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DOST-FPRDI researchers recently started a research project that would study the safety of fruit wines aged in locally made wine barrels.

The project is an off-shoot of the Institute’s efforts at pilot-testing its own wine barrels made from tree plantation species (TPS) like big-leafed mahogany (Swietenia macrophylla), mangium (Acacia mangium), and river red gum (Eucalyptus camaldulensis), and a fruit tree -- santol (Sandoricum koijape). The wine barrels were developed to find substitutes to white oak (Quercus alba), known worldwide as the best material for ageing wines.

“We want to assure our future technology adopters and the public of the quality of the wines produced using our barrels,” explained Project Leader Kim Wilmer M. Balagot. “To do this, we will test the toxicity and antioxidant activity of bignay and mango fruit wines fermented for three months. We will also check if our wine barrels contain compounds that can enrich the wines’ aroma and flavor.”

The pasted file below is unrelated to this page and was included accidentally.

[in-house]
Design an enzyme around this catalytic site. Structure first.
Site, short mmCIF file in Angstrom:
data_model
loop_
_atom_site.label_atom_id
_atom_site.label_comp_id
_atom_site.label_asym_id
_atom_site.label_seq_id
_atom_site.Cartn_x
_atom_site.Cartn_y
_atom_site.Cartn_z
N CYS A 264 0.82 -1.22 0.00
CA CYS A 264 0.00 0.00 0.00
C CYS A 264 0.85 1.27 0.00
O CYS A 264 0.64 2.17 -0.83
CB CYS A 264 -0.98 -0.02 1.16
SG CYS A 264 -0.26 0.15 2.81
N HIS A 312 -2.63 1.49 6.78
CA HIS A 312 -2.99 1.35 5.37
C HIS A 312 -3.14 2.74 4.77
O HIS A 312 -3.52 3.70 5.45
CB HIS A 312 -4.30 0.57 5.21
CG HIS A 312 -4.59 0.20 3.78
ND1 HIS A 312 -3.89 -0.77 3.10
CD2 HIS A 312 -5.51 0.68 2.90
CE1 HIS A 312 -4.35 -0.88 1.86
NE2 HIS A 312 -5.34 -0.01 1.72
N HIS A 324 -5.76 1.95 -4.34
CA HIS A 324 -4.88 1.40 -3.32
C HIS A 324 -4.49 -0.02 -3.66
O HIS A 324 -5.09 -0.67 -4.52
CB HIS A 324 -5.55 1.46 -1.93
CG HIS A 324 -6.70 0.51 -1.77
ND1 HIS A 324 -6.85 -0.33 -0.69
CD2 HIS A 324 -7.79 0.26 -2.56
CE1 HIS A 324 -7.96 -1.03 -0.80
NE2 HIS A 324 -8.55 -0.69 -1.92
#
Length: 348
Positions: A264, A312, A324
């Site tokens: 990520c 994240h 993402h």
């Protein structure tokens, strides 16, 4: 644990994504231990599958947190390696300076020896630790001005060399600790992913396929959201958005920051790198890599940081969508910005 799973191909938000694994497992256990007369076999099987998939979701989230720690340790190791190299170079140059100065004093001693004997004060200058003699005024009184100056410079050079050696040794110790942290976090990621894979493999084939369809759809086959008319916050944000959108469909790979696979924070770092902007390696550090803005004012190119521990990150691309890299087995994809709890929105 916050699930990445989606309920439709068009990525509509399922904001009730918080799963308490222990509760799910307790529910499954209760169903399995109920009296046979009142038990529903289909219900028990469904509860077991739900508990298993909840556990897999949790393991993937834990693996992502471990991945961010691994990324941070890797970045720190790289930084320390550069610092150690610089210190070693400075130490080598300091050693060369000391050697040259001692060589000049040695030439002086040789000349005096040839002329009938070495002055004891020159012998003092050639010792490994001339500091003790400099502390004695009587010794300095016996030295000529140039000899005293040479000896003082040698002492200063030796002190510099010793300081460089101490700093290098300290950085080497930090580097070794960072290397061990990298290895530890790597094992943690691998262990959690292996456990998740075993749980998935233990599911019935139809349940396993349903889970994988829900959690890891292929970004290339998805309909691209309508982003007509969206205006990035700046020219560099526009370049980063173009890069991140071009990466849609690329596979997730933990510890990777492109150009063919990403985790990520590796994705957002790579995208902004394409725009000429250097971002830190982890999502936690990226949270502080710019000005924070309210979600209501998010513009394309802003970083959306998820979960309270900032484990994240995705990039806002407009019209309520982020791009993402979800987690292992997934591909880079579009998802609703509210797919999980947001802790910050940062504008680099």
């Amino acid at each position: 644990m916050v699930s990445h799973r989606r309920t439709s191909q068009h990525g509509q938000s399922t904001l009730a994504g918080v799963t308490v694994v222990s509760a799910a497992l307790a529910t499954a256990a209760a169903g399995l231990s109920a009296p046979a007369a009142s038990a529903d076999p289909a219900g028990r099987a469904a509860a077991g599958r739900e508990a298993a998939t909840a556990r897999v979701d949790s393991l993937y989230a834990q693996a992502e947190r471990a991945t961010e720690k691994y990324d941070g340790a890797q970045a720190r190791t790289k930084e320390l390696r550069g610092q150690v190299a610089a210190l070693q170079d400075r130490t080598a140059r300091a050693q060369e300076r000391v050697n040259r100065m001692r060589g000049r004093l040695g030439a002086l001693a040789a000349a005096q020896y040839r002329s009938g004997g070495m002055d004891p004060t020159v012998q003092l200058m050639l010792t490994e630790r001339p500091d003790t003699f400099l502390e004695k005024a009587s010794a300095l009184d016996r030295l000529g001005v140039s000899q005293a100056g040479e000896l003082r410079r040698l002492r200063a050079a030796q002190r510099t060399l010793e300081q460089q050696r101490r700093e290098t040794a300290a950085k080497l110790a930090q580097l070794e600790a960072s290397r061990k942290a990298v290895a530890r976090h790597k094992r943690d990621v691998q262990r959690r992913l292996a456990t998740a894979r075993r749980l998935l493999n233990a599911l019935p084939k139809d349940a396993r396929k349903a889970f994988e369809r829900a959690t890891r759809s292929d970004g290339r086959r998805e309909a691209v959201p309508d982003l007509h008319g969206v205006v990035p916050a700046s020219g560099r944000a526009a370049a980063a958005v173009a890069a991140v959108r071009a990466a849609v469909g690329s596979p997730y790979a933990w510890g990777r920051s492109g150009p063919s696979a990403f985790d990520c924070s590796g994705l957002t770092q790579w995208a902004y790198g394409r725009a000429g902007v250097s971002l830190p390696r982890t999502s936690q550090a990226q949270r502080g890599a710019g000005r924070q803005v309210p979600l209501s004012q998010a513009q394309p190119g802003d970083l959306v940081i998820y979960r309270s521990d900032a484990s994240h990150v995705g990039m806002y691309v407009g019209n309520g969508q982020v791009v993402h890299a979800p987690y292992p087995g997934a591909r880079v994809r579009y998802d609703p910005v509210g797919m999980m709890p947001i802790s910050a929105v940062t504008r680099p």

Wine barrels containing bignay and mango fruit wines are labeled properly
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Bignay wine is gathered from FPRDI-developed mahogany wine barrel during the pilot-testing.

“Most local fruit wine makers use plastic and glass to age their wines,” shared DOST-FPRDI’s Engr. Caezar A. Cuaresma. “With our wine barrel technology, they have a quality yet affordable option. It’s almost like they’re using imported barrels, but about three times cheaper.”

The Institute is partnering with the Laguna-based Angeles Woodworks Co. for the fabrication of the wine barrels, and with Dielle’s Apiary and Meadery Inc. for the fruit wines.

Funded by the DOST-Philippine Council for Agriculture, Aquatic and Natural Resources Research and Development (DOST-PCAARRD), the project will run from June 2021 to February 2022. ###(Apple Jean C. Martin- de Leon & Rizalina K. Araral, 30 June 2021)